Canadian policy disclose information on $1M crypto scam 

Sun 28 Nov 2021 ▪ 11h19 ▪ 3 min read — by Katie Donaldson

Police officials from the Comox Valley, Canda, have reported several cases of cryptocurrency scams. The frauds have resulted in more than $1 million (~£750,000) in losses.

“Do your own research”

According to an official statement from Royal Canadian Mountain Police (RCMP), two of these cases include victims agreeing to invest crypto in return for dividends. 

After that they gave the criminals remote access to their trading accounts in order “to facilitate the creation of online trading accounts on a legitimate trading platform. For some time, the victims received dividends from the scammer.”

Eventually the dividends stopped, thousands of dollars were drained from victims’ accounts and they lost way more than they earned previously. A lot of their personal information was stolen as well.

The scammers were not only cold-calling traders but also offering their services through Facebook advertisements. Some of the victims have reported that they found the brokers on Facebook and transferred money themselves.

“They transferred money to these brokers and saw reports online showing that their money was doing well,” police said. “The brokers encouraged victims to invest more money until all communication stopped and the money became inaccessible.”

“Once you’ve taken your money from the bank and transferred it elsewhere, you are responsible for where it goes and who is able to access it,” stated Monika Terragni, the spokesperson for Comox Valley RCMP.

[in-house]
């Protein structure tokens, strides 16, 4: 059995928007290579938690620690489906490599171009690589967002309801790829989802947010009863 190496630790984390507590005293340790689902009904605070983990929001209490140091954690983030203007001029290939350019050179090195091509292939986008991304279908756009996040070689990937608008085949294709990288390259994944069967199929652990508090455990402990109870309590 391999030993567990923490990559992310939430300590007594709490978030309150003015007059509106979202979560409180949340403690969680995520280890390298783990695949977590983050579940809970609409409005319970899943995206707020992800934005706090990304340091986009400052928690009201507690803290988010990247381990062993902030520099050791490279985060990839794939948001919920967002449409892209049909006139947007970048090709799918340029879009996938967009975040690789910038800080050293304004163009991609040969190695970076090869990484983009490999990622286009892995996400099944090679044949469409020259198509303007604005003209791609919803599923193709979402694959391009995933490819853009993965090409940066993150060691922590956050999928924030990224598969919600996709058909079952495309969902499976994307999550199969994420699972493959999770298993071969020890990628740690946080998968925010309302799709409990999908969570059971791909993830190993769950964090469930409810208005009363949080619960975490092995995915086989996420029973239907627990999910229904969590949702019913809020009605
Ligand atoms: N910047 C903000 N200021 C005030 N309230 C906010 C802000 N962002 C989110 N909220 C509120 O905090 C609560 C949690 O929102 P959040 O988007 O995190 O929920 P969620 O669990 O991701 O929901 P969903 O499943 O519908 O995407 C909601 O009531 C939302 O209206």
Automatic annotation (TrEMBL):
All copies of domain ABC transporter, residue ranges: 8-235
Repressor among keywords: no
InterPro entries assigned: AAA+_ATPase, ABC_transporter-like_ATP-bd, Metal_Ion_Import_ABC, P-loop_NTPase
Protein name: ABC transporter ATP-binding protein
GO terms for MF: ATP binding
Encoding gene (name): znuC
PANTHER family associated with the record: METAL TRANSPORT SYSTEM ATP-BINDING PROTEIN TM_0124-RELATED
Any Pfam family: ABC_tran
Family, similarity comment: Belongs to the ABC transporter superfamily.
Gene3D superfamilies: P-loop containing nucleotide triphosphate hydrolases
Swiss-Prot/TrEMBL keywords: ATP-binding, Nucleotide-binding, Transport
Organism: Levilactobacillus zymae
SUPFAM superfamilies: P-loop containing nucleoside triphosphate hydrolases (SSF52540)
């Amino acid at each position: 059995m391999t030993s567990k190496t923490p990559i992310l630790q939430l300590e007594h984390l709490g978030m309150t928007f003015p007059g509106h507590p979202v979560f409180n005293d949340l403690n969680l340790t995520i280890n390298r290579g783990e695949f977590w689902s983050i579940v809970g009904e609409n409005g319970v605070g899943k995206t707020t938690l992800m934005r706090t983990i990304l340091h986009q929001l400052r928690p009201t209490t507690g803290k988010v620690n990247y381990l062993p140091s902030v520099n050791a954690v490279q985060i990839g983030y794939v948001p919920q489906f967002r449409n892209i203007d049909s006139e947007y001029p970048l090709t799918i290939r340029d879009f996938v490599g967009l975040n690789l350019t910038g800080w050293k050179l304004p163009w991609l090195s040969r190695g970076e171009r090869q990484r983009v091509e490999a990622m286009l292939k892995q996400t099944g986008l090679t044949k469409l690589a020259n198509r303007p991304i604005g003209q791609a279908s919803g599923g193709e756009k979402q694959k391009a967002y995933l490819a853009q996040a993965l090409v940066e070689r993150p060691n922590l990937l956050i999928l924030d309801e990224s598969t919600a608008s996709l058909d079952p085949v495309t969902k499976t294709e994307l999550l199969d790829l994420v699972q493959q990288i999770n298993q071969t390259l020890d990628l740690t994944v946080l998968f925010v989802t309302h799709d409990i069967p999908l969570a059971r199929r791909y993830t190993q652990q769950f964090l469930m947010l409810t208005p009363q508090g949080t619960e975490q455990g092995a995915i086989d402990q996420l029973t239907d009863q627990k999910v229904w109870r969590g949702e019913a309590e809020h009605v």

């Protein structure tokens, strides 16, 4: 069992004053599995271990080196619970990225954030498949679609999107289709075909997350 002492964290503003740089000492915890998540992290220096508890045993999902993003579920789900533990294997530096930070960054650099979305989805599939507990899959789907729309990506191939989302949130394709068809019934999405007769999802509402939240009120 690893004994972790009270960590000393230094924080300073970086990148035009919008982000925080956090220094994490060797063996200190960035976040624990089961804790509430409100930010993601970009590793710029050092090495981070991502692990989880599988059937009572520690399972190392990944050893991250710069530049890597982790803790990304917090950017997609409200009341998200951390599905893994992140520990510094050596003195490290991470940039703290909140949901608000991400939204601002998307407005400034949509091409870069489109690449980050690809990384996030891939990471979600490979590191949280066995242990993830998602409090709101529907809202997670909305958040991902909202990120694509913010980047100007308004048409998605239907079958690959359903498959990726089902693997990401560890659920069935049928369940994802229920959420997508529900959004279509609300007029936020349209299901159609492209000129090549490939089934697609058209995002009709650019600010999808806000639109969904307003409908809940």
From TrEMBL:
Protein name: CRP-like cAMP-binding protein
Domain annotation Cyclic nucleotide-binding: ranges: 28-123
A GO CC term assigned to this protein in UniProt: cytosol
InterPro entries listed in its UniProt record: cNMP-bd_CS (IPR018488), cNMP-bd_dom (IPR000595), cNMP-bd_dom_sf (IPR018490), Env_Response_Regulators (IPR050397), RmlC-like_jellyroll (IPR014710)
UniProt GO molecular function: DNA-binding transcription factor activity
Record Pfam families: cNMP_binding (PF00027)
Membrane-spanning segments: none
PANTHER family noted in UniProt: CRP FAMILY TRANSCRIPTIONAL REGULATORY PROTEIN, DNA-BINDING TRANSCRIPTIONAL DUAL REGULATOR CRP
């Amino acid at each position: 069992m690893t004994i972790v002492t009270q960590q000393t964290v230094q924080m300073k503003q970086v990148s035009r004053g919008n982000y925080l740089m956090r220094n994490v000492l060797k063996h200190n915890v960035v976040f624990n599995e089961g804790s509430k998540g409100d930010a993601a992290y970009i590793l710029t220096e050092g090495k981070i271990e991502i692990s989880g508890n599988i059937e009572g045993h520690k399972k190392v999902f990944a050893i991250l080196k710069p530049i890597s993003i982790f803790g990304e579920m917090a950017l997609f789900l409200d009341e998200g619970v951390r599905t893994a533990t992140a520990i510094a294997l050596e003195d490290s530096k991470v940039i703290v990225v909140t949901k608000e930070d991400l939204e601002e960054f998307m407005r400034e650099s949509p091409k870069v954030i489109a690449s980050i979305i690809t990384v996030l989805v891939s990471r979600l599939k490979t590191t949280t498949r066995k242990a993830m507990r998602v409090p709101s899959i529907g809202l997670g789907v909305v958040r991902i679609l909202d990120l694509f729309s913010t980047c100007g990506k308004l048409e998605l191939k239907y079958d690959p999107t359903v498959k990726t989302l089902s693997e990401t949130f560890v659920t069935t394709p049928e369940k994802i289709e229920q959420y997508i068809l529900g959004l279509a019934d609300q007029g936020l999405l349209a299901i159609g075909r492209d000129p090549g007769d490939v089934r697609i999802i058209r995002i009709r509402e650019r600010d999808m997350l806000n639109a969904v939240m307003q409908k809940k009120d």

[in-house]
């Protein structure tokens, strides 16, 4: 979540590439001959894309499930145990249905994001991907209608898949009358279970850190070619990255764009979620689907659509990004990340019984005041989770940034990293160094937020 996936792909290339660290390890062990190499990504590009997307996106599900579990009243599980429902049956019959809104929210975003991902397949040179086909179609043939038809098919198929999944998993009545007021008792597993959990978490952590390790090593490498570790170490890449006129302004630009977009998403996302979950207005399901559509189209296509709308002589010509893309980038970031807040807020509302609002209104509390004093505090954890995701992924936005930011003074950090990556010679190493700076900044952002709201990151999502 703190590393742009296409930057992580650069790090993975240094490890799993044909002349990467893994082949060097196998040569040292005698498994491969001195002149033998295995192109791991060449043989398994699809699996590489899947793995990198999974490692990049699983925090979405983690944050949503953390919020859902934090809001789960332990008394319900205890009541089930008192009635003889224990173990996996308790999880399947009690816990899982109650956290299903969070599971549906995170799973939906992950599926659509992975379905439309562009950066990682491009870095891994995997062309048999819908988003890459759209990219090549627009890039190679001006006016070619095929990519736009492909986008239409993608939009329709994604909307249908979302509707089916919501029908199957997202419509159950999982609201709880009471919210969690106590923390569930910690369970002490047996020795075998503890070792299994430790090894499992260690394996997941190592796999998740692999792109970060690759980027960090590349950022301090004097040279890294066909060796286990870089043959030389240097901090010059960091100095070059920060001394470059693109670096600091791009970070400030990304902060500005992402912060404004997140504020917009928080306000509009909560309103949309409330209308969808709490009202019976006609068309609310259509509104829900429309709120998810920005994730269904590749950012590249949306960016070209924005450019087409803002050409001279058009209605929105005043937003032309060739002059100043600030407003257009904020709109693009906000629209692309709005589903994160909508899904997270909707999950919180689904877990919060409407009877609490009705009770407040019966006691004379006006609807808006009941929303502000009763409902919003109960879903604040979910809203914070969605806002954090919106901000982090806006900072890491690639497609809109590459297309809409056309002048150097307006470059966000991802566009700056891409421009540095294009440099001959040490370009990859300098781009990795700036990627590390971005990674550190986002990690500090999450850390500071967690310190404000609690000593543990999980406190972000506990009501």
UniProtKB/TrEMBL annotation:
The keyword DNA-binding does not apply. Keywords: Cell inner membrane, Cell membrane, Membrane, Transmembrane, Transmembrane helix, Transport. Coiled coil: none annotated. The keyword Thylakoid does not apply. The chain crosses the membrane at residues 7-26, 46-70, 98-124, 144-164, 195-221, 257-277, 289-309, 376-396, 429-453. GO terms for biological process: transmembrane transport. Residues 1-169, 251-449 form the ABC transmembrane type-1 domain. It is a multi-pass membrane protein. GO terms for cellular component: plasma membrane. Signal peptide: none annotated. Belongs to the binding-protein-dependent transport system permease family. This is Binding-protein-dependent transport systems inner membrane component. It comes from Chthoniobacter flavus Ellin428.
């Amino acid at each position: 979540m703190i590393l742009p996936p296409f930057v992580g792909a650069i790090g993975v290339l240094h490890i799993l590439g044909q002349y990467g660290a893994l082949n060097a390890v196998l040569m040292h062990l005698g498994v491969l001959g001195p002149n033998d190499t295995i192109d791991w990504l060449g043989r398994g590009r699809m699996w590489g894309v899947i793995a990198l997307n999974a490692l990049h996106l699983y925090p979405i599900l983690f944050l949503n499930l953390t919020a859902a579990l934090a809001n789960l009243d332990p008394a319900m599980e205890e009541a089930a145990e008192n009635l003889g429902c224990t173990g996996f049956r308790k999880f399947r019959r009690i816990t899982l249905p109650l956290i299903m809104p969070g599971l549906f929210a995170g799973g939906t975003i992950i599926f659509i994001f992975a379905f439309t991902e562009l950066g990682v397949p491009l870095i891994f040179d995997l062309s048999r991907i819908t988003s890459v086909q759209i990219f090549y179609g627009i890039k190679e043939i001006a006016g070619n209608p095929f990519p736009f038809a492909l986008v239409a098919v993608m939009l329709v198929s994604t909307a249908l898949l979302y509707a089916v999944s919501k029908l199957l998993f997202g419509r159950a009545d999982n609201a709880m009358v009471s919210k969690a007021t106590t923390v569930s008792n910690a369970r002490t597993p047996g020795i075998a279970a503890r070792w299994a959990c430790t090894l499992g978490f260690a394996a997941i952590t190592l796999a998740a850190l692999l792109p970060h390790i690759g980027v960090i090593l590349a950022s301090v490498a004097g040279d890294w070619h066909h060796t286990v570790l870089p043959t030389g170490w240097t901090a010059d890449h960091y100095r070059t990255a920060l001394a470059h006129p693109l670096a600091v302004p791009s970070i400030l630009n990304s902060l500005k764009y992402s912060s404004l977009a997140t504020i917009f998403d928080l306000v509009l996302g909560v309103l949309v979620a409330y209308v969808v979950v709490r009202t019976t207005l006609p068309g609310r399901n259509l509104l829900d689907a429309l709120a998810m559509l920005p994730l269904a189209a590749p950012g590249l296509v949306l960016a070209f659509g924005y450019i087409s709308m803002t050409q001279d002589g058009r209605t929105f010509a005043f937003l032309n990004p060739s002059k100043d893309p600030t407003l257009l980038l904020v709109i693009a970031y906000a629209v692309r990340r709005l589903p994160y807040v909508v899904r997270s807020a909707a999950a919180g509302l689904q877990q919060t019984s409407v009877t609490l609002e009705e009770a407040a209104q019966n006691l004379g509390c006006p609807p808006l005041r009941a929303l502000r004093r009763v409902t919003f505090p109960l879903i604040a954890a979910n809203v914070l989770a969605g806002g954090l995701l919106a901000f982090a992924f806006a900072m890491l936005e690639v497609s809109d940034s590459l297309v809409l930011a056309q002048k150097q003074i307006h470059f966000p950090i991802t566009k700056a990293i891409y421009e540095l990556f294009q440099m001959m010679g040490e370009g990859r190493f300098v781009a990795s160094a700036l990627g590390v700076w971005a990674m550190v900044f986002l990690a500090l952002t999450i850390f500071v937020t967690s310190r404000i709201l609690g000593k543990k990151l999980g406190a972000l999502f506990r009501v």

Police advise to thoroughly check all available information when learning about new investment opportunities and abstain from suspicious online ads. Such cases of fraud are quite difficult to investigate due to anonymity that blockchain offers.

“Do not allow anyone to have remote access to your computer to facilitate the creation of accounts and/or to access private banking information. Take your time to know where your money is going and don’t get lured in by fancy websites, online advertisements, or unexpected phone calls.” she added.

Saanich police financial-crimes officers have previously warned about an increase in cryptocurrency frauds – just a month ago a series of similar scams resulted in a loss of $1.4 million (~£1.05 million) for a handful of victims.

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Katie Donaldson avatar
Katie Donaldson

I went full time crypto back in June 2018, and have never looked back. I want to help persuade as many people as possible to come and build the decentralised future! Let’s go!


The views, thoughts, and opinions expressed in this article belong solely to the author, and should not be taken as investment advice. Do your own research before taking any investment decisions.

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